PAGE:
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How to Replace a 1955 Chevrolet Bel Air Hardtop Filler Panel and Package Tray

Tri Five Package Tray Redux - We replace our hardtop’s hacked-up and rusty package tray and filler panel with new parts from Classic Industries.

Patrick Hill Jun 30, 2014
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If you’ve ever bought an unrestored Tri-Five, you know that it’s a rare sight to find one with an unmolested package tray. All too often successive owners would want a pair of stereo speakers in the back to blast tunes or holes to clear the bars for a rollcage, usually leaving some really hacked up sheetmetal (typically covered up by the package tray cover panel). You could also find rust if the car had leaky rear windows.

Today, repairing the package tray is easier than ever thanks to Classic Industries’ new filler panel/package tray assemblies available for two-door hardtops (PN 400650) and sedans (PN 400651). They’re patterned off original virgin metal, so the fit and finish is superb, making installation a breeze.

Our ’55 hardtop had the usual speaker hack job done to it decades ago and needed some new metal thanks to rust in the channel area on the driver side from the galvanic corrosion issues we found once we started digging into the car to fix other rust. One call to Classic Industries and they sent us our new panel assembly. Classic sells just about everything you’d need to fix a two-door hardtop or sedan, providing one-stop shopping for anyone with a ’55-’57 project in their garage.

Installing the panel was pretty easy. Our Eastwood plasma cutter made removal of the old panel simple, but a cutoff wheel will work just as well and only take a little more time and patience. When installing the new panel, a MIG welder is a must (or a TIG if you’ve got the skills, bonus points to any readers so qualified!) and if you don’t have one, Eastwood sells a great MIG that runs on household current for only $350, including the welding cart. We’ve been using ours on several projects, it welds fantastically.

So, enough yacking, let’s get to the installation.


1. To make removing the old filler panel/package tray easier, we used our handy Eastwood plasma cutter and sectioned out pieces of the panel so we’d have easier access to drilling out the spot welds holding it in.


2. The plasma cutter made quick work of removing the old metal. Since our ’55 was already gutted from earlier work, we didn’t have to worry about the sparks from the cutter igniting anything. Something to always keep in mind when using a plasma cutter.


3. We cut around the trunk hinges, leaving a section of metal spot-welded to the hinge.


4. The filler panel is actually two pieces spot-welded together. Our first cuts with the plasma removed the upper panel. Interestingly enough, you can see where the inside of this assembly was bare steel when it left the factory and never painted.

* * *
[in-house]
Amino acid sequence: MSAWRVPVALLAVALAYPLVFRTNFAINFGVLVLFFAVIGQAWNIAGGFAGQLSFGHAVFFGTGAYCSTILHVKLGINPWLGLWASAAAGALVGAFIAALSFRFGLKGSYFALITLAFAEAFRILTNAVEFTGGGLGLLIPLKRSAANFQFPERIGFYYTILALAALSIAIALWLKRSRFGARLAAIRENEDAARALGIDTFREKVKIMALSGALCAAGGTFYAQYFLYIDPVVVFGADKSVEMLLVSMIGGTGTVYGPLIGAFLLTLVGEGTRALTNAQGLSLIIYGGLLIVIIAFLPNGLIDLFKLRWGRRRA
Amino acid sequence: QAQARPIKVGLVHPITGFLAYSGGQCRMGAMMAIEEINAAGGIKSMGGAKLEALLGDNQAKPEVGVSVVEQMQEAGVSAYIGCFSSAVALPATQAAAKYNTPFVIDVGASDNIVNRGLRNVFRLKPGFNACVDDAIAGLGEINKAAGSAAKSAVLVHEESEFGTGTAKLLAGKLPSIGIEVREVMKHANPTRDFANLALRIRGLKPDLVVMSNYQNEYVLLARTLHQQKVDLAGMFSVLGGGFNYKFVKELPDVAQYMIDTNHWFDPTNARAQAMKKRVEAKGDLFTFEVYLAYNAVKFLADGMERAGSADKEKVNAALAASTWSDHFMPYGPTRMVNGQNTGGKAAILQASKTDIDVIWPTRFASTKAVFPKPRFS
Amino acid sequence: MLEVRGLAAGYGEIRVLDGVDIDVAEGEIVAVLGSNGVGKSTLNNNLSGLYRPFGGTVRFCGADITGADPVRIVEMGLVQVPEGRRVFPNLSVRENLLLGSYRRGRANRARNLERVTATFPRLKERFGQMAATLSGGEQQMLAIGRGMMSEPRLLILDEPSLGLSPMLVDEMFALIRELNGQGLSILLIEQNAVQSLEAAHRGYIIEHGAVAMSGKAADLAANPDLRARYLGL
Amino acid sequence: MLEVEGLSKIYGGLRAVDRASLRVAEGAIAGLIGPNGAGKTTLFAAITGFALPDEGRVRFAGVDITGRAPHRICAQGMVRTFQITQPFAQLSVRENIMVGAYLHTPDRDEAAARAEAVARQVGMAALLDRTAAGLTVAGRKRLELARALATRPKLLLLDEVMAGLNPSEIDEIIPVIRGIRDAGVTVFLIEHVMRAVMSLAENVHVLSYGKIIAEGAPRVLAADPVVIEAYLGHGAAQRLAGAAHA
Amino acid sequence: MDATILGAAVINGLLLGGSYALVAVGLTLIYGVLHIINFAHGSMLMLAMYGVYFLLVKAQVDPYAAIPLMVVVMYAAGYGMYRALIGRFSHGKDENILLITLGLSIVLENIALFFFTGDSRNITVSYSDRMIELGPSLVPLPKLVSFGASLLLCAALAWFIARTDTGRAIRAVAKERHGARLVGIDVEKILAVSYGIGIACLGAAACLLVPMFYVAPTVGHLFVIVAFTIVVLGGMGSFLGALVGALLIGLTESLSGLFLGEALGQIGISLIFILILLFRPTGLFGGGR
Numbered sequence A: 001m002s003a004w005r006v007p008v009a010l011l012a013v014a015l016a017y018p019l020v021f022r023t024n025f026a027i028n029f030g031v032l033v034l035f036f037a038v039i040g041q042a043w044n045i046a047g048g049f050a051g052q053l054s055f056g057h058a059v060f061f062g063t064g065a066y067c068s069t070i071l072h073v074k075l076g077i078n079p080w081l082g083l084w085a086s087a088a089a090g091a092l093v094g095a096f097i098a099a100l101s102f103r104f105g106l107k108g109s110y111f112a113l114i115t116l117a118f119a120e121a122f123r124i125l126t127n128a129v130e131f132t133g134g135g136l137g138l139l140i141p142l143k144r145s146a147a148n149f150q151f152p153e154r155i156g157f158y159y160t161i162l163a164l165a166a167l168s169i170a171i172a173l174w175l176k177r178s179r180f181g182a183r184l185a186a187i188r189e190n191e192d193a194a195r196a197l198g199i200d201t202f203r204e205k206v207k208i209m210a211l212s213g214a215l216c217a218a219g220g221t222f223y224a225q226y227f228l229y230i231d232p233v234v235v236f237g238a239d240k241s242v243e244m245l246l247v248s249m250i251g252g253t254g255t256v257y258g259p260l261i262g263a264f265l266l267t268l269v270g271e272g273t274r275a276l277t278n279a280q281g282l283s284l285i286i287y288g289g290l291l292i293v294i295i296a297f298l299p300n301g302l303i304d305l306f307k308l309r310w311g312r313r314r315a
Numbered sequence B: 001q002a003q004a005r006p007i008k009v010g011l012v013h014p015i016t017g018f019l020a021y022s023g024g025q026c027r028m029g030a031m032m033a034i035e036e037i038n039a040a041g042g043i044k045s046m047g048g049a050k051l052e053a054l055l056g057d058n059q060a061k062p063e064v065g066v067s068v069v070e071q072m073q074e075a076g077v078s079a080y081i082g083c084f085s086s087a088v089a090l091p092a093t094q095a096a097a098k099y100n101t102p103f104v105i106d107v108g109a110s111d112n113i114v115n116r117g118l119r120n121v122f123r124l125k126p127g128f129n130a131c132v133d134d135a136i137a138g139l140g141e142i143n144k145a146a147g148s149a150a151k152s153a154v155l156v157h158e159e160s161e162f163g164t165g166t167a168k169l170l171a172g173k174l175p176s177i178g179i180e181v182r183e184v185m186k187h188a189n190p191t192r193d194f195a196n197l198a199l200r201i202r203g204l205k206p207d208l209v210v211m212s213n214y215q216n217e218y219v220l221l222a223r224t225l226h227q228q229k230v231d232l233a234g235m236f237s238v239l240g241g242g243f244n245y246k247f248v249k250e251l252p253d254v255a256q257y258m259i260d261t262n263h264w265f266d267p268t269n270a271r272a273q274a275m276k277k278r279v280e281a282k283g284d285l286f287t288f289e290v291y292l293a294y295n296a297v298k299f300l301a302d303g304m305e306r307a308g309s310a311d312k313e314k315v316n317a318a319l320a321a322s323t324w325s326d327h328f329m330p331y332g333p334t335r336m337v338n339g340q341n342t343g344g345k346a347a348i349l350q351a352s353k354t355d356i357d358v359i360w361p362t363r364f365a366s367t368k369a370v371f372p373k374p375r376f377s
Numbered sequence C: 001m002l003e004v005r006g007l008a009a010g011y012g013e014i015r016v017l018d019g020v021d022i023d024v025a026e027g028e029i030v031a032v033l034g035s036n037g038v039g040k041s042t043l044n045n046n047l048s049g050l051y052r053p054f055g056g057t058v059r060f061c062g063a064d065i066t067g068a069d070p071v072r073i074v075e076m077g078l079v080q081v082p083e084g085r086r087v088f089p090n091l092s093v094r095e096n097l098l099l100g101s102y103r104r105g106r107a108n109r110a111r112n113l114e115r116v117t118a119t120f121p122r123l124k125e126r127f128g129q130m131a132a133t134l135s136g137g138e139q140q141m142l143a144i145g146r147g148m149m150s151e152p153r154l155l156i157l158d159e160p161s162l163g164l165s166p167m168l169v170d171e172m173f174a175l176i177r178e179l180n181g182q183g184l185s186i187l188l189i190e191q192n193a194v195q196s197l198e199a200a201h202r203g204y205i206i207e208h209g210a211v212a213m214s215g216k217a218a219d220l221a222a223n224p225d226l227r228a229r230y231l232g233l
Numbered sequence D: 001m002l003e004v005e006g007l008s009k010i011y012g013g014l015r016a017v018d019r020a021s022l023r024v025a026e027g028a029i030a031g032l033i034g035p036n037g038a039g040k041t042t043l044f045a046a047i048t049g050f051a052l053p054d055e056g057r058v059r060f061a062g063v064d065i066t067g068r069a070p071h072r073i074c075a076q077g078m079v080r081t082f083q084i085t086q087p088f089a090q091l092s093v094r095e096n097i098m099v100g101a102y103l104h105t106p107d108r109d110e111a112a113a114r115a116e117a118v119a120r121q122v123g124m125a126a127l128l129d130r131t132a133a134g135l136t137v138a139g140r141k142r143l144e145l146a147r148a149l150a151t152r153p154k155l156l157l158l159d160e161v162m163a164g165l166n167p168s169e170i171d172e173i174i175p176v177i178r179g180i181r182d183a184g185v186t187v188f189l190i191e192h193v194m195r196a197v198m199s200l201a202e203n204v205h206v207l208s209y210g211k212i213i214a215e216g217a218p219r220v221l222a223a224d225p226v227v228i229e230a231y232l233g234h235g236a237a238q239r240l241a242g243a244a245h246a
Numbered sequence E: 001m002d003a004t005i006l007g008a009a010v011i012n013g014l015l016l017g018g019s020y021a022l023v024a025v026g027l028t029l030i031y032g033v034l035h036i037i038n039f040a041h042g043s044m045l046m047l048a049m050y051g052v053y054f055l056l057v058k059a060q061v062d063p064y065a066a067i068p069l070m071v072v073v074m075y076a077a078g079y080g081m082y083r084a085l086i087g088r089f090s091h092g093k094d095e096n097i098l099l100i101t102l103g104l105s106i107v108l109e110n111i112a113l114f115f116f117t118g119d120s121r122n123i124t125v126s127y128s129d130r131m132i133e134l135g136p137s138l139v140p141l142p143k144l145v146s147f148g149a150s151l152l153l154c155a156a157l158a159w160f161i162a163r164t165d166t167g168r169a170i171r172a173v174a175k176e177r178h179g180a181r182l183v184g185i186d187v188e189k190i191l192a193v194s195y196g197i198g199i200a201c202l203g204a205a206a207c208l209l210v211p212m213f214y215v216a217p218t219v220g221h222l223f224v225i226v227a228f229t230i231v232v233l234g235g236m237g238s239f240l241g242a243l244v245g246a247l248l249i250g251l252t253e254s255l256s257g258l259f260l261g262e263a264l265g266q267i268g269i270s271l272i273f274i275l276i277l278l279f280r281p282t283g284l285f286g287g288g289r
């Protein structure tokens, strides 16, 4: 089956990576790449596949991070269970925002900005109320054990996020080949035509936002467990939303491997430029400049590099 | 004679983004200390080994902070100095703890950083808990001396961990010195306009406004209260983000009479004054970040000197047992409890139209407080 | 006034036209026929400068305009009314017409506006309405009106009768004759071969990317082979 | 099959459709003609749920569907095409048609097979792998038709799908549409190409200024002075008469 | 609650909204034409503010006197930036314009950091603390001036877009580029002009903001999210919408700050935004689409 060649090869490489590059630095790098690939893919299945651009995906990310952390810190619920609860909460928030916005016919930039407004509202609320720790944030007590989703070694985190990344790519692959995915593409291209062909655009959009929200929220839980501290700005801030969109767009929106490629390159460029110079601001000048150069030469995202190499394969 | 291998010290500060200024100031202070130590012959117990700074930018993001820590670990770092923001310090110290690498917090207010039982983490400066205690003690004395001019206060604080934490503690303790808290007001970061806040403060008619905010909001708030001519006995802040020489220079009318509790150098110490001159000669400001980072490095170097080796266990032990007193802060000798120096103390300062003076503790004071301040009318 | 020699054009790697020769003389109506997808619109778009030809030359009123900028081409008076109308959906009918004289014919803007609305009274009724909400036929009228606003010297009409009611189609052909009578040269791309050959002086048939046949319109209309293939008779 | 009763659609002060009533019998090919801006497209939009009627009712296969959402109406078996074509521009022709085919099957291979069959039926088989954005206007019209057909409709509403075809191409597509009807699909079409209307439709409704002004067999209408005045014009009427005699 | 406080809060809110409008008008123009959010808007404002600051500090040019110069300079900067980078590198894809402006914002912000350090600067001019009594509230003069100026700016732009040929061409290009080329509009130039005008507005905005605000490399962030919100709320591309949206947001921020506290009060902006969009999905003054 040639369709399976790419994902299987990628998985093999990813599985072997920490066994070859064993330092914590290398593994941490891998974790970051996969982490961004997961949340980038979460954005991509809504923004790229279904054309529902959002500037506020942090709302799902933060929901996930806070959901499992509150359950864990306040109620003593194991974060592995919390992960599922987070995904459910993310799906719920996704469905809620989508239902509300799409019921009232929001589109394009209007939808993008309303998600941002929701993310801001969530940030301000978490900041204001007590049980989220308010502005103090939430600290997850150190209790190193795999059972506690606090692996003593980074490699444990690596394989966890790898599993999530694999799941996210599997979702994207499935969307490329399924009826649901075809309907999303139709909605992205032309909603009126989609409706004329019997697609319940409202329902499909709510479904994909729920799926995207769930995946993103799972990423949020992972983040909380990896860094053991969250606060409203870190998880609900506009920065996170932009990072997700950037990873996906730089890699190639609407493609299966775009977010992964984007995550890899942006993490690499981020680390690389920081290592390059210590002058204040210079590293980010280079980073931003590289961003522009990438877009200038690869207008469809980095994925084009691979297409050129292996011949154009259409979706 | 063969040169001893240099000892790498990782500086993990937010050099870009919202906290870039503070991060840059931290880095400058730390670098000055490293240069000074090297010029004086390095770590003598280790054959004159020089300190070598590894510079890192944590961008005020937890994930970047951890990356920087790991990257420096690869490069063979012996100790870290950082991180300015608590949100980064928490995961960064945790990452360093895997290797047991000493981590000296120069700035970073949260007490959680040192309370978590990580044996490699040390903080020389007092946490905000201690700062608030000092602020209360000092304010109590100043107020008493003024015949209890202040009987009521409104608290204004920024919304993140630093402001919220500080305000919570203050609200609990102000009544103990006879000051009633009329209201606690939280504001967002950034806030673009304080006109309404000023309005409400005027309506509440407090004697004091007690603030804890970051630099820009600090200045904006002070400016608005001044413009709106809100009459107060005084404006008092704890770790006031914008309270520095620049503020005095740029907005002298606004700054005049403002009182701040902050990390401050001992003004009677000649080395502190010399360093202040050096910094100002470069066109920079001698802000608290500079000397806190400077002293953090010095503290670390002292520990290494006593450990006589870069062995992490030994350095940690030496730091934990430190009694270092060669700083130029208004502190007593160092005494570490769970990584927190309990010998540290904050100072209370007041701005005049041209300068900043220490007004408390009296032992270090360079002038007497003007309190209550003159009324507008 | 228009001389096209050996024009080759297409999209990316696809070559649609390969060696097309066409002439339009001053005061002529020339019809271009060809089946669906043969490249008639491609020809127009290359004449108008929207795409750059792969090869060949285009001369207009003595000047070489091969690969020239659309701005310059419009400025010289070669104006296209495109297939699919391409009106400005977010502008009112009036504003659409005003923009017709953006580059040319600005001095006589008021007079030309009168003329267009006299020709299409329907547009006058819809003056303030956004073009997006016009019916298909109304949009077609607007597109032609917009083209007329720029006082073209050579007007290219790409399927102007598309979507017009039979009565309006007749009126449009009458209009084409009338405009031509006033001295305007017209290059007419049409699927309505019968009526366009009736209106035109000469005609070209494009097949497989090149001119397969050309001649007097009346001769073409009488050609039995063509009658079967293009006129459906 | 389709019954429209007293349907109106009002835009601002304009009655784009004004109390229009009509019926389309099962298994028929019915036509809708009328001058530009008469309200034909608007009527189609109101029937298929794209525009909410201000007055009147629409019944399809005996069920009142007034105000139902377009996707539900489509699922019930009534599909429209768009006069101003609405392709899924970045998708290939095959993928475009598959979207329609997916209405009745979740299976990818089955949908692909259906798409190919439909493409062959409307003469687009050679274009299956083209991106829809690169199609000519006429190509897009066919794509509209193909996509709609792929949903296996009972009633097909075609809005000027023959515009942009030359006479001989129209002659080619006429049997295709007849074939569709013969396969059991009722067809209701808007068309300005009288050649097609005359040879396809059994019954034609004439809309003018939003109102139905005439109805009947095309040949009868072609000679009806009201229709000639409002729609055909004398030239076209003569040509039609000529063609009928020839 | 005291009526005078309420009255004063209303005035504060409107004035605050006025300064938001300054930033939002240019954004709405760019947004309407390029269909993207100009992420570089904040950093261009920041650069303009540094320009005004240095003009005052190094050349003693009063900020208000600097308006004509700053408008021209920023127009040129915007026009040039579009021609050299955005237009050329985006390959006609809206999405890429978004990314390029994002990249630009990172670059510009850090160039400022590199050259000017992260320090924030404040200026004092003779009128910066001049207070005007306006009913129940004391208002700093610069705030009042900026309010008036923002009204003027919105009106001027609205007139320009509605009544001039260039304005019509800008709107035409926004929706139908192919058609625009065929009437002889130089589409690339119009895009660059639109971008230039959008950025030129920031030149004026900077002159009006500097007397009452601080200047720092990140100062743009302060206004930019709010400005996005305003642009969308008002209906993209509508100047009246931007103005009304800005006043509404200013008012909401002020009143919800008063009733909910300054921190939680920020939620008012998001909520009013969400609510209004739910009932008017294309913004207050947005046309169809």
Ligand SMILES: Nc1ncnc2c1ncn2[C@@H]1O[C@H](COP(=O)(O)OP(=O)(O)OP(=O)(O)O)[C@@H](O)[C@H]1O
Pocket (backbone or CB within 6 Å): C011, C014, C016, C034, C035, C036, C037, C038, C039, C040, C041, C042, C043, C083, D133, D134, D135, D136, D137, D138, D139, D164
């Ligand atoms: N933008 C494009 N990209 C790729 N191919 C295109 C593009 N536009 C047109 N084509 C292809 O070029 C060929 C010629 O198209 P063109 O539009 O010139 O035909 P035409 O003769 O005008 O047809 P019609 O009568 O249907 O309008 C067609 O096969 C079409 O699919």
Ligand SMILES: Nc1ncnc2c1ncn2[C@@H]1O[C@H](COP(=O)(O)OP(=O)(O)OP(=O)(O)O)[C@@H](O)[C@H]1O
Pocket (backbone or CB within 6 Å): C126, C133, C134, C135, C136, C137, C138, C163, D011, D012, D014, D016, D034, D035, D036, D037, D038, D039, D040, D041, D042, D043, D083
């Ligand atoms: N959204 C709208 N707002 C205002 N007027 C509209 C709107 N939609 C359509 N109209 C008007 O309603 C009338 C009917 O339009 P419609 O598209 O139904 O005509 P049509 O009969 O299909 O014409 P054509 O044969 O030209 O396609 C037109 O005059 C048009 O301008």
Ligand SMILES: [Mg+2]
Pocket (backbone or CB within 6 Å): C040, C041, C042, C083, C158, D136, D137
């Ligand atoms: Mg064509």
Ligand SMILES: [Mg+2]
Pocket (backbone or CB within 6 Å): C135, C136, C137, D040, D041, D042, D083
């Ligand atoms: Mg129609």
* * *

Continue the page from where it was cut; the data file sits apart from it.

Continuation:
5. Back to work with the plasma, we cut out the lower section of the filler, along with the package tray.


6. We left the trunk hinges in place, so the way we cut the rest of the filler panel out meant we didn’t have to deal with measuring and relocating our hinges to the new panel, a time consuming process. If the hinges are off even a little bit you won’t be able to install the decklid, let alone close it. We used our Eastwood spot weld cutter (PN 11283) to drill out the spots welds and clean up the last bits of the old panels. Getting the other metal out of the way made it a lot easier.


7. After cleaning up the mounting tabs and shooting them with some Eastwood zinc rich galvanizing compound, we set the decklid filler panel assembly (PN TF400650) in place. The decklid filler panel is also available separately under part number TF400661. They’re made based off original panels, so the fitment was spot-on when we set it in place.


8. To hold the panel in place, we used Clecos from our Eastwood Panel Holding Kit (PN 19074) so we could prep for welding.


9. Where the filler panel and the passenger-side quarter-panel meet, we drilled a series of holes using our spot-weld cutter for welding the two pieces together. We then used our 135-amp Eastwood MIG welder to stitch everything up. Underneath, we seam-welded the panel to the mounting tabs on the trunk hinges.


10. And there you have it. After the welds had cooled, we hit them with some Eastwood galvanizing spray to keep them from rusting. We left the driver-side loose for when we install that side’s quarter-panel. We’ll install the reinforcement strip for the rear window once that’s in place and we can set our rear window in place to properly align the reinforcement strip.


Classic Industries
Huntington Beach, CA 92648
Seffner, FL 33584
Eastwood Company
Pottstown, PA 19464



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